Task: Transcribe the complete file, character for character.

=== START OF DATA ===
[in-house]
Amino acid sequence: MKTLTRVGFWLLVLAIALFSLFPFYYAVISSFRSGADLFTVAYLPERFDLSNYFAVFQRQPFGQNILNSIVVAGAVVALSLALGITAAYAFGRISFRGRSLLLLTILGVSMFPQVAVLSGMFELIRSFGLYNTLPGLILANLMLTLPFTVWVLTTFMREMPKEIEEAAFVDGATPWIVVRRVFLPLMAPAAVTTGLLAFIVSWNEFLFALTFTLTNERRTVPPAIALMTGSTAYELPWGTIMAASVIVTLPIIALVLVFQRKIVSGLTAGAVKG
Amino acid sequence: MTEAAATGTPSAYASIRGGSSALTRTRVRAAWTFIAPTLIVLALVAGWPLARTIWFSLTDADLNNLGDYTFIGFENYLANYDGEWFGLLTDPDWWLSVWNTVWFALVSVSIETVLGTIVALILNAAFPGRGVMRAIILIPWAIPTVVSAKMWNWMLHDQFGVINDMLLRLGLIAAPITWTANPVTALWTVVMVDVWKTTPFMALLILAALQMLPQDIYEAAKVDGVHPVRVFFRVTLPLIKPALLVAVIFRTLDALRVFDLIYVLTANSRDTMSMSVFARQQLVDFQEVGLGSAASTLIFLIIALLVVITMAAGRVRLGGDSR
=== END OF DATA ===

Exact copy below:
[in-house]
Amino acid sequence: MKTLTRVGFWLLVLAIALFSLFPFYYAVISSFRSGADLFTVAYLPERFDLSNYFAVFQRQPFGQNILNSIVVAGAVVALSLALGITAAYAFGRISFRGRSLLLLTILGVSMFPQVAVLSGMFELIRSFGLYNTLPGLILANLMLTLPFTVWVLTTFMREMPKEIEEAAFVDGATPWIVVRRVFLPLMAPAAVTTGLLAFIVSWNEFLFALTFTLTNERRTVPPAIALMTGSTAYELPWGTIMAASVIVTLPIIALVLVFQRKIVSGLTAGAVKG
Amino acid sequence: MTEAAATGTPSAYASIRGGSSALTRTRVRAAWTFIAPTLIVLALVAGWPLARTIWFSLTDADLNNLGDYTFIGFENYLANYDGEWFGLLTDPDWWLSVWNTVWFALVSVSIETVLGTIVALILNAAFPGRGVMRAIILIPWAIPTVVSAKMWNWMLHDQFGVINDMLLRLGLIAAPITWTANPVTALWTVVMVDVWKTTPFMALLILAALQMLPQDIYEAAKVDGVHPVRVFFRVTLPLIKPALLVAVIFRTLDALRVFDLIYVLTANSRDTMSMSVFARQQLVDFQEVGLGSAASTLIFLIIALLVVITMAAGRVRLGGDSR